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July 21, 2018

Students Research Link For Stress, Spread Of Mosquito-Borne Illnesses


OSWEGO — SUNY Oswego biochemistry majors Kaitlyn McCue and Christina Li will present at the college’s annual Quest symposium Wednesday, April 4, their research on a correlation of mosquito-borne diseases — dengue, chikungunya and zika — and patient markers for stress preceding illness.

Biochemistry majors Kaitlyn McCue (left), a senior, and Christina Li, a junior, work in a Shineman Center biochemistry lab. At the annual Quest symposium on April 4, the two will present their research on a correlation of mosquito-borne diseases -- dengue, chikungunya and zika -- and patient markers for stress preceding illness.

Biochemistry majors Kaitlyn McCue (left), a senior, and Christina Li, a junior, work in a Shineman Center biochemistry lab. At the annual Quest symposium on April 4, the two will present their research on a correlation of mosquito-borne diseases — dengue, chikungunya and zika — and patient markers for stress preceding illness.

Quest, the college’s annual daylong celebration of student, faculty and staff scholarly and creative activity, invites the campus and community to attend free panels, presentations, readings, a poster session and more.

McCue, a senior and resident of Hopewell Junction, and Li, a junior from Brooklyn, sought to determine whether hair cortisol levels in patients with dengue, chikungunya and zika in Machala, Ecuador, show a correlation with stressors such as an earthquake in April 2016 that killed more than 650 people in the South American country, with months of aftershocks.

A major epidemic of zika came on in the quake’s wake.

“Machala was chosen because it was previously determined to be a hotspot for these three diseases,” McCue said.

“Cortisol is a hormone that is related to level of stress,” Li said. “By extracting cortisol from hair, we can get a long-term analysis of the amount of stress a person experiences in the past few months (since hair, on average, grows about 0.4 inches per month).”

McCue and Li expect significantly different cortisol levels for those under more stress and with more severe forms of the disease in mosquito-prone tropical regions, such as Ecuador. The devastating earthquake in Ecuador may have made people’s immune systems more vulnerable to the diseases, they theorize.

The pair’s research advisor, Dr. Kestutis Bendinskas of SUNY Oswego’s chemistry faculty, worked on this study for half a year before passing it on to his students, who “did all the bench work for the project,” he said.

‘Rigorous standards’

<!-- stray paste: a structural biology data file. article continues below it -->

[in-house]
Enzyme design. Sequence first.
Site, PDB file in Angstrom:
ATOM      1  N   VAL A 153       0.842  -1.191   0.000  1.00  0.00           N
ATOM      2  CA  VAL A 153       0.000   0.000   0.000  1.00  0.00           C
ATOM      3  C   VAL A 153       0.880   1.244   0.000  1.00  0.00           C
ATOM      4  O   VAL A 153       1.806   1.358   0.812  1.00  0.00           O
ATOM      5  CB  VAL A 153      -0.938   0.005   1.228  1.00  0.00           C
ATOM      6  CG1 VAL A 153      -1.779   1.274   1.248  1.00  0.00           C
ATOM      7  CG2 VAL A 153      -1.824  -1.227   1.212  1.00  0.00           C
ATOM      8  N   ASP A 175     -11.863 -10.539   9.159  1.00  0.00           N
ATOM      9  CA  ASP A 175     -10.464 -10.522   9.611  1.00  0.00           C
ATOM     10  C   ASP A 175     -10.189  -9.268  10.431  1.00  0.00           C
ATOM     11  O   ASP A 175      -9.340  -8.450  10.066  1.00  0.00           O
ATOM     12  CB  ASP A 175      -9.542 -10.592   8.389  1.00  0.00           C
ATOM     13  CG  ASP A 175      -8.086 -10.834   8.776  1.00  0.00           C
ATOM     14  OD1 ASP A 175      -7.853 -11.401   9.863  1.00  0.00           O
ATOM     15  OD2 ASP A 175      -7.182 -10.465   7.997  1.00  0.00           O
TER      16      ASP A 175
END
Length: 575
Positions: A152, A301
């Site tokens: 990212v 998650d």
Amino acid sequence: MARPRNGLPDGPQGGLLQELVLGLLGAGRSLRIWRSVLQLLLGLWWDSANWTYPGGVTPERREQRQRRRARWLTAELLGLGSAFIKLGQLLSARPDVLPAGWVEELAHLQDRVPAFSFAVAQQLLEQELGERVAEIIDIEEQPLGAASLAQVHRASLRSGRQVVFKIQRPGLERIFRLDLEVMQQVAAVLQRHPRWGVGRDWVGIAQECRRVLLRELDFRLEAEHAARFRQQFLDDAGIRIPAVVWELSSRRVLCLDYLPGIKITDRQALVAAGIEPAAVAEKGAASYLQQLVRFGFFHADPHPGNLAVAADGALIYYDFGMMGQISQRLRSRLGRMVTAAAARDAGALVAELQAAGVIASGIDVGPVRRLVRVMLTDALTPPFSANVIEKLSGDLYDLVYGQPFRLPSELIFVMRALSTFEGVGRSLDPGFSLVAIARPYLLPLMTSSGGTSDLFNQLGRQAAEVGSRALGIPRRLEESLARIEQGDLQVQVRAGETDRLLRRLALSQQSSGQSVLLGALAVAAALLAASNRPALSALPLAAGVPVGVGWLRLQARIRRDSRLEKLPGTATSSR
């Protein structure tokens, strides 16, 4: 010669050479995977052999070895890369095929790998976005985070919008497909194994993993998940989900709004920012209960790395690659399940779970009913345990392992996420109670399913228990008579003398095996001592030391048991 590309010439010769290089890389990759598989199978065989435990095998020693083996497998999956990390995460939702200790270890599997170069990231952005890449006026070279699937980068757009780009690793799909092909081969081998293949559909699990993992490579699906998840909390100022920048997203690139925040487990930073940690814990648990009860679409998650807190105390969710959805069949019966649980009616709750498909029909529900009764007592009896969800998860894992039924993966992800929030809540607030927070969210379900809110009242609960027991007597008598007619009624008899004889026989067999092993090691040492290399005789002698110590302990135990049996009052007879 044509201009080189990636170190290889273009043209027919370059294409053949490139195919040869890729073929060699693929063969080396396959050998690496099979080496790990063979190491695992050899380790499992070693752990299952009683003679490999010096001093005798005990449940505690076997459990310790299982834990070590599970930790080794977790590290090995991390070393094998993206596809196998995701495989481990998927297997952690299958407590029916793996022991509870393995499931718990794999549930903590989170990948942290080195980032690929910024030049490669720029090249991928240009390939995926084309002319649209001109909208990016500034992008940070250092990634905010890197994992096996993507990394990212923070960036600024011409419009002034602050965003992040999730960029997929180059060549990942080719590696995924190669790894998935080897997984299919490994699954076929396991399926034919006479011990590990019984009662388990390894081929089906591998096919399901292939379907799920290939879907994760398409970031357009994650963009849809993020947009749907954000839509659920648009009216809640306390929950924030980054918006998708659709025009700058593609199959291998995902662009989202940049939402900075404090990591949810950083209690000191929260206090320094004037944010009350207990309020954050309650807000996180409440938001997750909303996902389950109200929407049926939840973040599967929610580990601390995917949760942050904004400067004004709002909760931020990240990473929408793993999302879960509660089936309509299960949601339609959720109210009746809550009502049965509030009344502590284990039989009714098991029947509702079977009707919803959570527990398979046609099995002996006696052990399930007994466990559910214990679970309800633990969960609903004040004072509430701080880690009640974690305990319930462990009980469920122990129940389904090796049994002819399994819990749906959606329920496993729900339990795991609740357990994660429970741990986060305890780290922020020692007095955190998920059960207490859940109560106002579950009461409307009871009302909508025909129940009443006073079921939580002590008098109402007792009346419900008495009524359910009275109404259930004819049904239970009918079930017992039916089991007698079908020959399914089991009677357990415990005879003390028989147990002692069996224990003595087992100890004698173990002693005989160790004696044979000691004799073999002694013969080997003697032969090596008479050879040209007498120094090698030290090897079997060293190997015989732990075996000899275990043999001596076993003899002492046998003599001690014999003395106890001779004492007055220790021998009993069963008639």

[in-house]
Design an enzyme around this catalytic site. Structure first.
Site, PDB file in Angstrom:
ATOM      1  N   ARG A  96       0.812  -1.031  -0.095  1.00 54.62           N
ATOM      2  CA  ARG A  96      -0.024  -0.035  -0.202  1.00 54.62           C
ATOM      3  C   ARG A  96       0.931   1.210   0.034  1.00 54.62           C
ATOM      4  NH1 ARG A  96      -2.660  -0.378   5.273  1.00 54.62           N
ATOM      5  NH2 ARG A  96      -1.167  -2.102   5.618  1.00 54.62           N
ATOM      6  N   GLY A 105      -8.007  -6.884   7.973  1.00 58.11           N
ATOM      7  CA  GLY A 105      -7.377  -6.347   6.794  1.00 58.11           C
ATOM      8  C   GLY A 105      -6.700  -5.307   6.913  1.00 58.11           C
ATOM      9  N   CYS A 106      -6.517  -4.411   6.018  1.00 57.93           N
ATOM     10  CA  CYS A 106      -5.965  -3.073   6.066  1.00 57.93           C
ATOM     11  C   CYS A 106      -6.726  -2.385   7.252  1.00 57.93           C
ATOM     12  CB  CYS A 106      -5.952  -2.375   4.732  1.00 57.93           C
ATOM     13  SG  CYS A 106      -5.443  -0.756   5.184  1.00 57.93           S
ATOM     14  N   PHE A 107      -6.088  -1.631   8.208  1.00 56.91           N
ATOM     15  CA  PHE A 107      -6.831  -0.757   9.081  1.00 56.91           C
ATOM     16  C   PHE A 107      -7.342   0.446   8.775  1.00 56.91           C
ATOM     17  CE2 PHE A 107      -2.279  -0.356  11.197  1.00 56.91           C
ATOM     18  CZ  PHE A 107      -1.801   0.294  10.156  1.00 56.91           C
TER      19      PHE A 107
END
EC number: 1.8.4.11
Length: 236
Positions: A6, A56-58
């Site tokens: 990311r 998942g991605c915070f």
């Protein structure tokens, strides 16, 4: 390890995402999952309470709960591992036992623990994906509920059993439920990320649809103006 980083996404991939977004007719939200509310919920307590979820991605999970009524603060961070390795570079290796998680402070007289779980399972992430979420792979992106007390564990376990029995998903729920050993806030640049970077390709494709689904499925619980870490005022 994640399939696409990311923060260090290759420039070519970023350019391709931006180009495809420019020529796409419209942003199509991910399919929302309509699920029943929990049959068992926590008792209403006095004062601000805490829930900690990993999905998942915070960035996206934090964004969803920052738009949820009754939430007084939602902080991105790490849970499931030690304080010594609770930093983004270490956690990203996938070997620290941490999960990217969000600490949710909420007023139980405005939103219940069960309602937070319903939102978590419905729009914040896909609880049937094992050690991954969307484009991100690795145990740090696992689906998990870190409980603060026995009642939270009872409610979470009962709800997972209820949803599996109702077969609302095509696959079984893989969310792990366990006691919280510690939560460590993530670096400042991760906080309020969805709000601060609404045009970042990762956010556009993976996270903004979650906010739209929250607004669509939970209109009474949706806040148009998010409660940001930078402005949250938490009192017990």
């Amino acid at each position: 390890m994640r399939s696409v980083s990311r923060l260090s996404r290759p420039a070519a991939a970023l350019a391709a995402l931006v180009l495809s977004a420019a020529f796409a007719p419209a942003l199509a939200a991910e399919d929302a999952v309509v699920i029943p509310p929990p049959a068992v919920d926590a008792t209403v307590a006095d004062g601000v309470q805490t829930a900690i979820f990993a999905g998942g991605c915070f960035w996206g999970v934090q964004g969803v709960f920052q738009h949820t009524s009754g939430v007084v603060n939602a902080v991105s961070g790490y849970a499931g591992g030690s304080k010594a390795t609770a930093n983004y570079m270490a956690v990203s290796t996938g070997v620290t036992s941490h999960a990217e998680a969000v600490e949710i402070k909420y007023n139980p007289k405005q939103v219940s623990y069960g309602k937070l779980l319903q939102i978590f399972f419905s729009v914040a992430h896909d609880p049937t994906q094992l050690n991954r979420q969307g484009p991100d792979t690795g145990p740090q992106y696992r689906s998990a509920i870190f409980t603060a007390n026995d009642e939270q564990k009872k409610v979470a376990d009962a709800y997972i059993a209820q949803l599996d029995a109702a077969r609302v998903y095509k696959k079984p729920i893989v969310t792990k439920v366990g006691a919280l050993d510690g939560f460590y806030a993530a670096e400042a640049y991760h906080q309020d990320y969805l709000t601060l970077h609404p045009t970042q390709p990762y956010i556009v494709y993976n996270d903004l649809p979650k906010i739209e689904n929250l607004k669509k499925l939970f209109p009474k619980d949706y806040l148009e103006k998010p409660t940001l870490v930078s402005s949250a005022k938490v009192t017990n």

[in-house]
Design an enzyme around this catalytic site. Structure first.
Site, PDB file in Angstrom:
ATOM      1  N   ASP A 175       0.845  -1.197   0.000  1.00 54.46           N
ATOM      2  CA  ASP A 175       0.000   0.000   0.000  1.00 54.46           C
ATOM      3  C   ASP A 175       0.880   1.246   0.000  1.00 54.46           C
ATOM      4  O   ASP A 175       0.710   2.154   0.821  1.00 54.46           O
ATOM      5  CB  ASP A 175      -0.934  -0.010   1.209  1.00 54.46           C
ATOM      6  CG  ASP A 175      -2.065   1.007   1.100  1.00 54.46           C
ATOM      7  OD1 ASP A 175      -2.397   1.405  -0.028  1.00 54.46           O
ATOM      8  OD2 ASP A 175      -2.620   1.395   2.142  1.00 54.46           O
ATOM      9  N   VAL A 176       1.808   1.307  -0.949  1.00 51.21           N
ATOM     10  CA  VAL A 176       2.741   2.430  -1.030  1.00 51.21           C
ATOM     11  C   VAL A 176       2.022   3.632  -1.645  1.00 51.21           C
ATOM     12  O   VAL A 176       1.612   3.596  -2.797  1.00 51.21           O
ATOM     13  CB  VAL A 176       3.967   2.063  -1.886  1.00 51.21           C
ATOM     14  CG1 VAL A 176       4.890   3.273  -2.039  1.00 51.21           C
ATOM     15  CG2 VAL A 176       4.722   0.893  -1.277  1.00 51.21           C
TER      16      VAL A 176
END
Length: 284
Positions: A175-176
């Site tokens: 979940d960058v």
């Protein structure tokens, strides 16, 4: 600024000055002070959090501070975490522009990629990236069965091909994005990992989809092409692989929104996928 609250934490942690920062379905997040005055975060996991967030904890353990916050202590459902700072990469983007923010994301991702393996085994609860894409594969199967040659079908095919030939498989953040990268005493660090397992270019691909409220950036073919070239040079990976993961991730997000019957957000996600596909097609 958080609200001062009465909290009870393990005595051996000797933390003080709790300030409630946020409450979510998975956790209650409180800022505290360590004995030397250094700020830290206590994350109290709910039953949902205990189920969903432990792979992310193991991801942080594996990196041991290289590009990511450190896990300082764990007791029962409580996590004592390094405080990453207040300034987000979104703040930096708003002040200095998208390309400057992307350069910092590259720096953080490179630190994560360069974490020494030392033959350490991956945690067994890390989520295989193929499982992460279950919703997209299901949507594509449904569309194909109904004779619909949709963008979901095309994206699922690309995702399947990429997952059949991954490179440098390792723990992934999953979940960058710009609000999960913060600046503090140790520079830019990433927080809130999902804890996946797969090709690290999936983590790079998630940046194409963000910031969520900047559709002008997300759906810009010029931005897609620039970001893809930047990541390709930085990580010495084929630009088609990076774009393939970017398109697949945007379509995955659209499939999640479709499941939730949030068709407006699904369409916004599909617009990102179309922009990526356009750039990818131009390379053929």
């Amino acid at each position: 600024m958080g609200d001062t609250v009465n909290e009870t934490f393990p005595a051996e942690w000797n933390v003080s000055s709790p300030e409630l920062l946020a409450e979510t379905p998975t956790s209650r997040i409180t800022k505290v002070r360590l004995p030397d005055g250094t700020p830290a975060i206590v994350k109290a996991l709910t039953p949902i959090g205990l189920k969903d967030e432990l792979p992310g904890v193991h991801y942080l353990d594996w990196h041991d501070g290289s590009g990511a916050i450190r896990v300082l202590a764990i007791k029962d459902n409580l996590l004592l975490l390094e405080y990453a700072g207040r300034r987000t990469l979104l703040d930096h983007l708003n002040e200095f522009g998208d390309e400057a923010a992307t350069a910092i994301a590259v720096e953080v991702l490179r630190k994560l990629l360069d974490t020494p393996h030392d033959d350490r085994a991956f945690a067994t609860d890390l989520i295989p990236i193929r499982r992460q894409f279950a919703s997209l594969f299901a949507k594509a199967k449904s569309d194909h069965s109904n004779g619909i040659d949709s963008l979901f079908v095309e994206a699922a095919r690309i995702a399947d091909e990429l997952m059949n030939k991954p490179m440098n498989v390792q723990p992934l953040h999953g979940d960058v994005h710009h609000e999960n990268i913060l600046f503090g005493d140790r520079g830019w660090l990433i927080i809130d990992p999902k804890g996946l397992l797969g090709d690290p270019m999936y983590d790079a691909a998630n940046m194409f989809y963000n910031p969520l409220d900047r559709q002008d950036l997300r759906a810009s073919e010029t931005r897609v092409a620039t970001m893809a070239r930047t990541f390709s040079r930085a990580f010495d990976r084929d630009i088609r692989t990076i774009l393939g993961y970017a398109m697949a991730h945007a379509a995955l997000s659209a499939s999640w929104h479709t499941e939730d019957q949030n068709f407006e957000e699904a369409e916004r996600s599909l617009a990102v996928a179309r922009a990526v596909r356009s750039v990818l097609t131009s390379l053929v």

McCue made a successful grant proposal to the college’s Scholarly and Creative Activity Committee, funding her and Li’s research and enabling them to complete the study.

Once they received samples from their collaborators in Machala, “the hair samples were prepared and subjected to a series of chemical incubations,” McCue said. “The samples were then dried via nitrogen stream evaporation. After completing the preparation and extraction of all hair samples, enzyme-linked immunosorbent assay (ELISA) was performed to quantitatively determine the amount of cortisol in each hair sample.”

The researchers hope to bring their study, titled “Hair cortisol concentration in patients with tropical mosquito-borne diseases in Machala, Ecuador,” to the public. “Hopefully we will publish a paper on our research. If this paper is published, then it will be available to anyone,” McCue said.

“The research has taught me to think critically and learn about the laboratory procedures,” Li said. “These hands-on experiments have allowed me to apply what I’ve learned from class and from literature research to really appreciate the science behind each technique. From this project, in particular, I learned important problem-solving skills when creatively thinking about ways to overcome obstacles.”

Li hopes to continue doing research that has a significant impact, such as this study, as an undergraduate in Oswego and later in graduate school.

Bendinskas said both Li and McCue worked long hours for many days in a row to perfect the experiments. “The quality of their work is that of the most rigorous national standards. Students’ effort during academic breaks inspires me in the excellent future of science in the U.S.,” he said.

McCue has just been accepted to a doctoral program and Li has been selected for a summer research program prior to her senior year at SUNY Oswego. “I cannot be more proud of these two young ladies,” Bendinskas said.

The researchers are awaiting significant results and complementary data from Syracuse University.

Centered in Marano Campus Center, the Quest symposium will take place from 9 a.m. to 5 p.m. Wednesday, April 4, in various campus venues. For more information, including an upcoming schedule, visit oswego.edu/quest.

The event is free and open to the public, there are no classes April 4 and parking on campus is free that day.

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